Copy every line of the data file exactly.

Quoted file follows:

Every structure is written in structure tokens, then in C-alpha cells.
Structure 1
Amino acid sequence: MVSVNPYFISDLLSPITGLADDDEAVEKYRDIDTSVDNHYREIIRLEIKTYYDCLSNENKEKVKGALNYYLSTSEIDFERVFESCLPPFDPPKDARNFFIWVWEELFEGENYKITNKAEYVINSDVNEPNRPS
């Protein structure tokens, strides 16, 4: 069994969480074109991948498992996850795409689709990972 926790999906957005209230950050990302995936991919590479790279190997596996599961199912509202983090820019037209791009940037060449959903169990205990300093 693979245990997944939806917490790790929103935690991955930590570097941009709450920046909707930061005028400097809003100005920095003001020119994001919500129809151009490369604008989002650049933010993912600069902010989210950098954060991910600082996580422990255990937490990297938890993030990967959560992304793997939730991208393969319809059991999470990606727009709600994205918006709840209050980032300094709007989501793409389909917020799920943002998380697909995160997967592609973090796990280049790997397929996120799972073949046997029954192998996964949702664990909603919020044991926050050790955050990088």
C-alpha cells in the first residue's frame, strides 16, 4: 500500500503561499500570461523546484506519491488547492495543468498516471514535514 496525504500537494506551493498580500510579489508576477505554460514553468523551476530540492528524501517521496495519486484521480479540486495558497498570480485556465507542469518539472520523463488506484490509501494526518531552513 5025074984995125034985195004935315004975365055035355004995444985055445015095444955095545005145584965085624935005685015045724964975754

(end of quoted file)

Every structure is written in structure tokens, then in C-alpha cells.
Structure 1
Amino acid sequence: MVSVNPYFISDLLSPITGLADDDEAVEKYRDIDTSVDNHYREIIRLEIKTYYDCLSNENKEKVKGALNYYLSTSEIDFERVFESCLPPFDPPKDARNFFIWVWEELFEGENYKITNKAEYVINSDVNEPNRPS
């Protein structure tokens, strides 16, 4: 069994969480074109991948498992996850795409689709990972 926790999906957005209230950050990302995936991919590479790279190997596996599961199912509202983090820019037209791009940037060449959903169990205990300093 693979245990997944939806917490790790929103935690991955930590570097941009709450920046909707930061005028400097809003100005920095003001020119994001919500129809151009490369604008989002650049933010993912600069902010989210950098954060991910600082996580422990255990937490990297938890993030990967959560992304793997939730991208393969319809059991999470990606727009709600994205918006709840209050980032300094709007989501793409389909917020799920943002998380697909995160997967592609973090796990280049790997397929996120799972073949046997029954192998996964949702664990909603919020044991926050050790955050990088």
C-alpha cells in the first residue's frame, strides 16, 4: 500500500503561499500570461523546484506519491488547492495543468498516471514535514 496525504500537494506551493498580500510579489508576477505554460514553468523551476530540492528524501517521496495519486484521480479540486495558497498570480485556465507542469518539472520523463488506484490509501494526518531552513 5025074984995125034985195004935315004975365055035355004995444985055445015095444955095545005145584965085624935005685015045724964975754